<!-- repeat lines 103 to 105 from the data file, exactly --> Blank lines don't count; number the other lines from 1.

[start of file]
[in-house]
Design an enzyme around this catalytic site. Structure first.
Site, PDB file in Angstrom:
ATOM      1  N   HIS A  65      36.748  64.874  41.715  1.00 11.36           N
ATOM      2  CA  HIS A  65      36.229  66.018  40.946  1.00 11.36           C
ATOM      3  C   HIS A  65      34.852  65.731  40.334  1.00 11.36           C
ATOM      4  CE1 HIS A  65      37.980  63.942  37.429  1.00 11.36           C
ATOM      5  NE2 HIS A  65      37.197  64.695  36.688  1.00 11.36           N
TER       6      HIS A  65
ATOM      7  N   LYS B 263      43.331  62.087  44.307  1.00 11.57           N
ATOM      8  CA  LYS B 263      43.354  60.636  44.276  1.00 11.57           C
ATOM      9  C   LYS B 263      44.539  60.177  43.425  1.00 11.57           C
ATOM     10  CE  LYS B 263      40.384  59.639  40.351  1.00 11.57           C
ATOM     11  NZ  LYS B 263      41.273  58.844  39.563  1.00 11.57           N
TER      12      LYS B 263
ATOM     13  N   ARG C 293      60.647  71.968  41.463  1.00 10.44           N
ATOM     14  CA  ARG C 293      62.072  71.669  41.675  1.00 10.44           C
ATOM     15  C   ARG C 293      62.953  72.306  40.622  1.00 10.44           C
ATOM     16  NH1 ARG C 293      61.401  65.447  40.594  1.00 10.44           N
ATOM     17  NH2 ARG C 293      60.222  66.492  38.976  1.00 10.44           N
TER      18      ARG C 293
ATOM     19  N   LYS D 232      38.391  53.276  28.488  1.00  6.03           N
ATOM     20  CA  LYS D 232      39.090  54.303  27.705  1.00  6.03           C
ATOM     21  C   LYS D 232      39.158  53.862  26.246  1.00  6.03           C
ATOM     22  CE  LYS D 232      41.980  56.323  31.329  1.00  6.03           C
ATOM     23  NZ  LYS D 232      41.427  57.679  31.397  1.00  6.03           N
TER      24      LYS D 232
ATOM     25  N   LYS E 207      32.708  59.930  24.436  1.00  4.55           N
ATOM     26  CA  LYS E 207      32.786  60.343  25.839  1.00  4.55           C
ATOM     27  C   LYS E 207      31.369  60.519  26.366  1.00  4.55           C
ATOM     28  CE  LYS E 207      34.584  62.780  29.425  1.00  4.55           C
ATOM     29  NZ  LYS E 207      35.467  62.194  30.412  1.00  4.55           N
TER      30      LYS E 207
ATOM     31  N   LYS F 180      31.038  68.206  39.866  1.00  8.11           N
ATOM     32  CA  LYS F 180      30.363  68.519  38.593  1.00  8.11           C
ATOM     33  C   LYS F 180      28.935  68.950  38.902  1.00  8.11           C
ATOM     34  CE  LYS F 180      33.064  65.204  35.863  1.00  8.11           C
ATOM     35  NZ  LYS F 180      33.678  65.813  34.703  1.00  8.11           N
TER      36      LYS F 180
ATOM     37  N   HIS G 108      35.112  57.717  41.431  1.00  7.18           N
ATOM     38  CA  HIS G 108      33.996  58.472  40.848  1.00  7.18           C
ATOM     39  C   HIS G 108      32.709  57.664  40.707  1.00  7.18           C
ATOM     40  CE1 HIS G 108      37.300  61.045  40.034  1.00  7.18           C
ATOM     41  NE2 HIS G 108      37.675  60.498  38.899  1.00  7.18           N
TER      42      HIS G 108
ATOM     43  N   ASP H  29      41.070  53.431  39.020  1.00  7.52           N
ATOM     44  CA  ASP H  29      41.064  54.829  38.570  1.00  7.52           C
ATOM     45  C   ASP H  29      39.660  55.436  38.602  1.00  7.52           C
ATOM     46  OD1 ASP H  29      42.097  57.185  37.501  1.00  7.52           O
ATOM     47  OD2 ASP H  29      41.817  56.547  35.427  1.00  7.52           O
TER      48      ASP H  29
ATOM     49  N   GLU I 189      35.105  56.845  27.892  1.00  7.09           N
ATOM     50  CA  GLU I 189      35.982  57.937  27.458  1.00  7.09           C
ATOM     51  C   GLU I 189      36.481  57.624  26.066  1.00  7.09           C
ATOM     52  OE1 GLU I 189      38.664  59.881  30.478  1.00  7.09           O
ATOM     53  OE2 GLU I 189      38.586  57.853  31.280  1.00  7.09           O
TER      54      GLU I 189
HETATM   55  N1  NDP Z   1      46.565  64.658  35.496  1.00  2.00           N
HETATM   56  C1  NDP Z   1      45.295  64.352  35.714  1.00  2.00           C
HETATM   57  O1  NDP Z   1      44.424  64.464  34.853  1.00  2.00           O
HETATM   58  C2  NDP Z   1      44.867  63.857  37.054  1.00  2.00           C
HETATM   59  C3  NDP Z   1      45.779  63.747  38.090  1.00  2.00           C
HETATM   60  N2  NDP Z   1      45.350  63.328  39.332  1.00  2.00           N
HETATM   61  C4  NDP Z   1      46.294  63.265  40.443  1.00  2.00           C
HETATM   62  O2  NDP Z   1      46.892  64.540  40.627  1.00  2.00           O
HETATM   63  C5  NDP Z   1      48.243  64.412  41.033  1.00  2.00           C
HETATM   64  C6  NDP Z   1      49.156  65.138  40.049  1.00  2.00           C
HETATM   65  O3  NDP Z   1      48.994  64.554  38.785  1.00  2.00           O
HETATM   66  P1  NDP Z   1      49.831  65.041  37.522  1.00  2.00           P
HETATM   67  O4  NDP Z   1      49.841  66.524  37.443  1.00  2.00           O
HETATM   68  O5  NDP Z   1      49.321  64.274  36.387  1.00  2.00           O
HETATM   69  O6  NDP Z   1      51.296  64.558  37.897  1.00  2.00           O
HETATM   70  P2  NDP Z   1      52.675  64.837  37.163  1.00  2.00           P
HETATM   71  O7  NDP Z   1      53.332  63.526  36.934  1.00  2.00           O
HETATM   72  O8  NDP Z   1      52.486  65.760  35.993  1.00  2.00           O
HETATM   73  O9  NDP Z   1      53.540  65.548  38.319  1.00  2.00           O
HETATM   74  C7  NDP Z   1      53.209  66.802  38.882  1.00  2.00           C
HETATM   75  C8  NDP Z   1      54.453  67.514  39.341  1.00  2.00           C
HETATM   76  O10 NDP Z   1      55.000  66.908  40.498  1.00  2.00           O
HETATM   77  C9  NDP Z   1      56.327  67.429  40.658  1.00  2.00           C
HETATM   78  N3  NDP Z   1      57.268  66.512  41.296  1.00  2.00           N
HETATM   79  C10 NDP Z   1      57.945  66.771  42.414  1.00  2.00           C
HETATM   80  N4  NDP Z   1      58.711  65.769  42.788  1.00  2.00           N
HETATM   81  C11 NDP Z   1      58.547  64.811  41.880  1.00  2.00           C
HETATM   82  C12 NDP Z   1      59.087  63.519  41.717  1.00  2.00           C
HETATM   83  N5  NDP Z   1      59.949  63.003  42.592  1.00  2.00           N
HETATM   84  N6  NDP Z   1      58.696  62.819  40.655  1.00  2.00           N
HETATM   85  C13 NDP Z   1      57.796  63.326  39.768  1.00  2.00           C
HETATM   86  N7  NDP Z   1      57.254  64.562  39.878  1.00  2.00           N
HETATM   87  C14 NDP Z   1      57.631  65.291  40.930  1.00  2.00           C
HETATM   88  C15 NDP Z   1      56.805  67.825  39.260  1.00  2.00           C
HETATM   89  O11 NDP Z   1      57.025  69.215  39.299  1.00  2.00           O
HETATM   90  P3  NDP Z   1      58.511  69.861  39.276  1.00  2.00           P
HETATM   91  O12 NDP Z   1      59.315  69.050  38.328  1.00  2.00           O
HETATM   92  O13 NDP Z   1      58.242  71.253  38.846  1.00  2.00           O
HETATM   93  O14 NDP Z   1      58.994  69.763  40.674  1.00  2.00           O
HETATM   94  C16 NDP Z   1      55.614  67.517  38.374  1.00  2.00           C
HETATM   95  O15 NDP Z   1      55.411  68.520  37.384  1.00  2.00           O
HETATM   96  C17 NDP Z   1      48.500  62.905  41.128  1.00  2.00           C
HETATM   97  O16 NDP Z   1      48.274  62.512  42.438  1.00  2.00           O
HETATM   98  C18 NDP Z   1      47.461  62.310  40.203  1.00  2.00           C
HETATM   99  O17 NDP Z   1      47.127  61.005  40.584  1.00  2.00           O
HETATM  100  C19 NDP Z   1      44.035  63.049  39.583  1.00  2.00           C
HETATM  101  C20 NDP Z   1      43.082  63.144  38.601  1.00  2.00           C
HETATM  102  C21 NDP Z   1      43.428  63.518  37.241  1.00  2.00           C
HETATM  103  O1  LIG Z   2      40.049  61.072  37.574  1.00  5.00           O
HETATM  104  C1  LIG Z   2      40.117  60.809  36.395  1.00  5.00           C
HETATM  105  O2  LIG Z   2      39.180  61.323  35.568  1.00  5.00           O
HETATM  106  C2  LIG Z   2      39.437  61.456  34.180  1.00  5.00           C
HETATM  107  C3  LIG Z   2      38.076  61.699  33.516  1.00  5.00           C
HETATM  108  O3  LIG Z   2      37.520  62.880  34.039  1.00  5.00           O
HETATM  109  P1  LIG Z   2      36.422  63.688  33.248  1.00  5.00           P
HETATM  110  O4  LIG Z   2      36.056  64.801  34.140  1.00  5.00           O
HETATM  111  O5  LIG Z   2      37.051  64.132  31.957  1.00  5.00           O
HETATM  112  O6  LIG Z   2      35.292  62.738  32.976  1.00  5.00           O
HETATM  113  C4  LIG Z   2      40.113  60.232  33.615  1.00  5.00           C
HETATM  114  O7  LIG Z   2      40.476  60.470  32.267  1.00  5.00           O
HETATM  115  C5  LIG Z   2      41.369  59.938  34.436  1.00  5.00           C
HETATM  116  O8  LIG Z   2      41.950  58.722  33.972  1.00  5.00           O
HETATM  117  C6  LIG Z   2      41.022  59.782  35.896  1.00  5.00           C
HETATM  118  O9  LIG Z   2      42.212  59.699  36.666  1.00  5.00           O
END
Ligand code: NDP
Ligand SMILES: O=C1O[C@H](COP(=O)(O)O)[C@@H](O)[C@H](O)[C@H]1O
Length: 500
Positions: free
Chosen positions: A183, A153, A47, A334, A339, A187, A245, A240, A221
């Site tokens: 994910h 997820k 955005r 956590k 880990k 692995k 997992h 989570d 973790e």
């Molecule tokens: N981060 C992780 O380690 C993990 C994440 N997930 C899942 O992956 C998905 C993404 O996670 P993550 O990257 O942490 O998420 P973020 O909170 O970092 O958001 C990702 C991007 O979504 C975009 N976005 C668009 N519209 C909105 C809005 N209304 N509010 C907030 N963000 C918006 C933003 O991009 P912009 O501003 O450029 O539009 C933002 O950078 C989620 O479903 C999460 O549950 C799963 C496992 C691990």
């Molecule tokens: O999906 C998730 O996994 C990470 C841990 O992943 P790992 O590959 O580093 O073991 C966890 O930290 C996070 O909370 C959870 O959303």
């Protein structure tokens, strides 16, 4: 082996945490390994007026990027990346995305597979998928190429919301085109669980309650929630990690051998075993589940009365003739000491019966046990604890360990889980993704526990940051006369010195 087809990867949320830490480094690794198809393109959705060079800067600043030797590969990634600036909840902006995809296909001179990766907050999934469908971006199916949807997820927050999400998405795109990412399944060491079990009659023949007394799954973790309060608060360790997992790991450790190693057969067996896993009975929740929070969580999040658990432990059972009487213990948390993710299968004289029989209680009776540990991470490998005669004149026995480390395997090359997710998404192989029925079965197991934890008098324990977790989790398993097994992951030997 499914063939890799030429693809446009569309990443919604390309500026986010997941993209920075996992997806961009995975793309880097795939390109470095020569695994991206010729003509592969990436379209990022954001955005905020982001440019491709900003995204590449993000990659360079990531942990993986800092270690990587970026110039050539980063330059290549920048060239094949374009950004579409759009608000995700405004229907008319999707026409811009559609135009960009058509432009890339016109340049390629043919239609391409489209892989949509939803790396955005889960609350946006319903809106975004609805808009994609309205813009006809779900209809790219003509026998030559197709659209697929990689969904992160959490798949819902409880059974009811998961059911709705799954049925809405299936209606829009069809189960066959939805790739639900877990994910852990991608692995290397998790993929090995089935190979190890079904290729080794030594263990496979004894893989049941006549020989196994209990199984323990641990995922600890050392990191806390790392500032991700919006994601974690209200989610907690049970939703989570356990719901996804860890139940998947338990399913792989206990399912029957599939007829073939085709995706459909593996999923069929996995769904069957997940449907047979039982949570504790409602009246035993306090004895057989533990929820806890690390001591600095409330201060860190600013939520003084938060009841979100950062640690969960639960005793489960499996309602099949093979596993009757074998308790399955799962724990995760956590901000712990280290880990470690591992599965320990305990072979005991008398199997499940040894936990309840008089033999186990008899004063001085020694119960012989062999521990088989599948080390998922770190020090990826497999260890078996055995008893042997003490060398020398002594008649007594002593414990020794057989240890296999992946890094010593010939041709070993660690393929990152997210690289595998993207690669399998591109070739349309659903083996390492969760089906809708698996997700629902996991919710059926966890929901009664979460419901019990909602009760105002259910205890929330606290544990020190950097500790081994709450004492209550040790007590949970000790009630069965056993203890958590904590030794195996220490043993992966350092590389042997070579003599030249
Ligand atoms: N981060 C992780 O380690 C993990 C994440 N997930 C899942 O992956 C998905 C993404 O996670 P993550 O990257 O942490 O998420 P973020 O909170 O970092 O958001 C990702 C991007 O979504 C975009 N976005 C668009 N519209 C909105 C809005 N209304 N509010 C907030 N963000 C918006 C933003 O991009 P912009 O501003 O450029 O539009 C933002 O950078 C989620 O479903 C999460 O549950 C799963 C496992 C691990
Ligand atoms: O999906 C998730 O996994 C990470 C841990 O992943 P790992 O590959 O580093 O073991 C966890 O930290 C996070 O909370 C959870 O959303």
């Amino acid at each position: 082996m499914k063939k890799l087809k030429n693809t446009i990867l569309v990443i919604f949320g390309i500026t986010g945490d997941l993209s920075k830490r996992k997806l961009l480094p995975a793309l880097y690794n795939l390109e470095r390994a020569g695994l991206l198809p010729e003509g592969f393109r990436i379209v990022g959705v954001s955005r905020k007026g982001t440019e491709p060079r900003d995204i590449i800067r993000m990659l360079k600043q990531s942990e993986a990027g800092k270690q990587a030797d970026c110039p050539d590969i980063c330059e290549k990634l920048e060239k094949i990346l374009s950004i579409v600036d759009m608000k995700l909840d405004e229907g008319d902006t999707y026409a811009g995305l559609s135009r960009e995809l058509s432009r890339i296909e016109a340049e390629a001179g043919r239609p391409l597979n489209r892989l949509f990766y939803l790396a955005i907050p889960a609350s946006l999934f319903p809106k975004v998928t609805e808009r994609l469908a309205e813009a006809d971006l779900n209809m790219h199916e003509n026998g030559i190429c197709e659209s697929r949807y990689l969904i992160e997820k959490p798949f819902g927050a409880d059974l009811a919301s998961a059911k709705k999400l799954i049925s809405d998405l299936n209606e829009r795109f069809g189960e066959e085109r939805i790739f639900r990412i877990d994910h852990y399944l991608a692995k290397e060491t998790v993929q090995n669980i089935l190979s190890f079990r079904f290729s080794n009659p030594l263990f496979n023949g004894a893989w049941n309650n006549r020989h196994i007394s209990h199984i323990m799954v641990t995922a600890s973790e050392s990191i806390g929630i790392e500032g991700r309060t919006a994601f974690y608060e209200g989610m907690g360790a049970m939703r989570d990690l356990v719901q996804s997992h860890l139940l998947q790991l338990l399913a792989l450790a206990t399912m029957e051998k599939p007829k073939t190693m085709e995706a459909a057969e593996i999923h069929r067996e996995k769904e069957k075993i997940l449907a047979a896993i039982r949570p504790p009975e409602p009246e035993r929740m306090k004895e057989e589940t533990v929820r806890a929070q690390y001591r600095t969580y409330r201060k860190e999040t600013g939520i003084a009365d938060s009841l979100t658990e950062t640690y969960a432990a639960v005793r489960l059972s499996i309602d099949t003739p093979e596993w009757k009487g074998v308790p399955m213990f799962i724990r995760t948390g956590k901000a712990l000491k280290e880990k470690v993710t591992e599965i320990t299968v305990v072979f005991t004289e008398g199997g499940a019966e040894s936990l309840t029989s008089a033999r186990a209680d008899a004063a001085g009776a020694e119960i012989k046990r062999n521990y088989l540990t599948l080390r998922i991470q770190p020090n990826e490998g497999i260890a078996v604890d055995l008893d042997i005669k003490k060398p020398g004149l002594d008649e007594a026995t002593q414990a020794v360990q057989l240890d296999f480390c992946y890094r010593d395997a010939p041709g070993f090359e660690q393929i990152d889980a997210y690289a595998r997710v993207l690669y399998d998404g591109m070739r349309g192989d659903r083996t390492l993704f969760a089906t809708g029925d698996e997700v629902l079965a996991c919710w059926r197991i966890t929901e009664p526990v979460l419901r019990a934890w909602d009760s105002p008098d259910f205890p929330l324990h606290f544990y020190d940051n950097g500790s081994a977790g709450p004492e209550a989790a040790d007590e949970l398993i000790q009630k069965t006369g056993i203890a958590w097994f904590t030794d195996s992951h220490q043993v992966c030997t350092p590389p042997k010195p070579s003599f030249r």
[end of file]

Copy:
HETATM  100  C19 NDP Z   1      44.035  63.049  39.583  1.00  2.00           C
HETATM  101  C20 NDP Z   1      43.082  63.144  38.601  1.00  2.00           C
HETATM  102  C21 NDP Z   1      43.428  63.518  37.241  1.00  2.00           C